Landscape designer Humphrey Repton designed the most beautiful gardens for West Wycombe house in the 18th century with ornate buildings in the classical Greek and Roman styles. The park has many species of trees and plants from around the world to create a place with a different mood, melancholic and mysterious. Strolling along the lake, you find yourself in a world of enchantment.
The estate has belonged to the same family for more than 300 years. It was purchased in 1698 by Baronet Francis Dashwood and rebuilt in a Palladian style. The lovely country mansion was used for entertainment and is associated with the famous Hellfire Club or Order of Friars of St. Francis of Wycombe, a private club of the English aristocracy (1749 -1766), whose motto was “Do what thou wilt.”
The club was considered a travesty of morality and a total alternative to the existing gentlemen’s clubs at that time. In contrast to the sublime poetry and philosophical topics normally discussed in gentlemen’s clubs, the Hellfire Club proclaimed sexual freedom. Several similar clubs existed in England at that time but Sir Francis Dashwood, the owner of the estate in West Wycombe, had created a more famous club than the fabulously famous club of Lord Wharton. The club members made fun of religion, politics and morality in order to shock society. Many famous people were members of this club, including the 4th Earl of Sandwich. In various places of London they organized meetings for all members but at the country house of Sir Dashwood only for the elect 12 members were allowed to congregate. According to rumors, the estate arranged orgies and erotic religious rituals.
Dashwood liked dressing up in different costumes. On one occasion, he assumed the role of the Pope, in others he and his friends would be dressed in leather and decorated with vine leaves to celebrate libation (wine offering to the gods) on the artificial lake, built by landscape architect Thomas Cook in the form of a swan. There was a Spanish galleon that sailed for the entertainment of the guests. In the gardens there were many sculptures of various gods like Priapus, Daphne, Flora, Venus and Dionysus, some of them have survived to the present day.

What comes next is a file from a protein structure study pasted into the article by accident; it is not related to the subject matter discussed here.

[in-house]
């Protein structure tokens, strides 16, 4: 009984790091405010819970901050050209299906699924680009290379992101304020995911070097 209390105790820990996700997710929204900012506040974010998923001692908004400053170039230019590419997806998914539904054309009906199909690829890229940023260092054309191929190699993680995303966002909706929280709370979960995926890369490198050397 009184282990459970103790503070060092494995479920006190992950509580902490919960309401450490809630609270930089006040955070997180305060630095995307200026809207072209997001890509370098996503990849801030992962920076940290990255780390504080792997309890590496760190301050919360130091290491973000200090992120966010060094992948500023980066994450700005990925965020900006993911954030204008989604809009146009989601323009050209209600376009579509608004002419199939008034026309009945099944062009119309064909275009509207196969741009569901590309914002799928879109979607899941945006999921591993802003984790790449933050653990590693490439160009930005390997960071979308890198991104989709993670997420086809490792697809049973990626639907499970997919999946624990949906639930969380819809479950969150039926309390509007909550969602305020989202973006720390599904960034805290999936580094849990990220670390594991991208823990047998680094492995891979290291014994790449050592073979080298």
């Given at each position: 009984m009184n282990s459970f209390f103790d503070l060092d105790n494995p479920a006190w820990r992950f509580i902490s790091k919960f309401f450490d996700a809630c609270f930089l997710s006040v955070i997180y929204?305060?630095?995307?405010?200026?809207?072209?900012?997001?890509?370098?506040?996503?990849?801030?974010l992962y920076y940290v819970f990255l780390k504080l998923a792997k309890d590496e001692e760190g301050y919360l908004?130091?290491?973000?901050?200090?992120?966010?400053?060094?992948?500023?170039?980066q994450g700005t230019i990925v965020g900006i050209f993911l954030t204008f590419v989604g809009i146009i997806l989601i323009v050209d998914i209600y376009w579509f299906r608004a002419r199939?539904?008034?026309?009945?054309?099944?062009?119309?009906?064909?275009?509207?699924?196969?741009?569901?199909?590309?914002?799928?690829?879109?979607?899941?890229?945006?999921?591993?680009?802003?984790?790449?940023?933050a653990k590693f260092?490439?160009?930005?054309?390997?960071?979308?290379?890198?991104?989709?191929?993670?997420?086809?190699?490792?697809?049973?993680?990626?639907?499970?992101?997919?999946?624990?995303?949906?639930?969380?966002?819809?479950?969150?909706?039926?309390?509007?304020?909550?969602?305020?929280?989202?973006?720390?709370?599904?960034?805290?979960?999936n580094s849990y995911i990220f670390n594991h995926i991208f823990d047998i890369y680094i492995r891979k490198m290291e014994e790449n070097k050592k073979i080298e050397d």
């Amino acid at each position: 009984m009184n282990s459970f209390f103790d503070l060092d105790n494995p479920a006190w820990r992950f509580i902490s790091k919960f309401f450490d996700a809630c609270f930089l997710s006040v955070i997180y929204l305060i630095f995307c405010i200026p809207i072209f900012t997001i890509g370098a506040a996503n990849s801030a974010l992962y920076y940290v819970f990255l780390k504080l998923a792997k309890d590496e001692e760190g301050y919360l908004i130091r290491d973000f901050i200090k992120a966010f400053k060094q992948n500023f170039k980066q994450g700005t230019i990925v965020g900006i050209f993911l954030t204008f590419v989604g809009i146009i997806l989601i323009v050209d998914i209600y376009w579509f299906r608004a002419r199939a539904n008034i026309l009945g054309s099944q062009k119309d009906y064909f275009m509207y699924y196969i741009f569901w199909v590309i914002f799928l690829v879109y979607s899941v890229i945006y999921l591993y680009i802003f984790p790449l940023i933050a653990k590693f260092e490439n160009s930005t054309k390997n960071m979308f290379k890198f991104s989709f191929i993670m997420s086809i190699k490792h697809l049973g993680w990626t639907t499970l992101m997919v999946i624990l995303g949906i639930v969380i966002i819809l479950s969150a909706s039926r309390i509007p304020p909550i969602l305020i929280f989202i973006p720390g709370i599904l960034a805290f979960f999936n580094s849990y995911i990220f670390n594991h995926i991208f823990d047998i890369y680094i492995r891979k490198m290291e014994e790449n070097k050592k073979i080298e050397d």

They say that evidence of sexual orgies was exaggerated. However, the idle life of the estate with an abundance of alcohol and free love was made known from the correspondence of club members. In later life, Sir Francis settled down and devoted himself to philanthropy. After his death in 1781 ownership of the estate passed to his brother the 3rd Baronet Sir John Dashwood – King.
One of the heirs of Sir Francis, a Sir John Dashwood handed down most of the estate to the National Trust in 1943. The current head of the dynasty Sir Edward Dashwood currently lives in the house with his family and looks after its heritage. Today the estate’s house is a museum, sometimes used as a film set and a place for entertainment with concerts and fireworks being held there regularly.
At summertime you can visit the house and see the some beautiful antiques, some specimens of which have been bought back and returned to the estate after they were sold by some of the heirs. The only surviving relics in the gardens are the Temple of Music with a scene on the island in the lake, built after the Temple of Vesta in Rome and was used as a theater, embellished in the foreground with two statues of nymphs. The Temple of Apollo with a statue of Apollo was used in earlier times for cockfights and finally a copy of the statue of Venus de Milo erected in 1820 to replace the destroyed Medici Venus.
This classic English landscape park abounds with appeal and charm, is extremely quiet with beautiful alleys to create an atmosphere of unity with nature. From the park you can see a view of the church tower with its hexagonal mausoleum, where the members of the Hellfire Club are buried.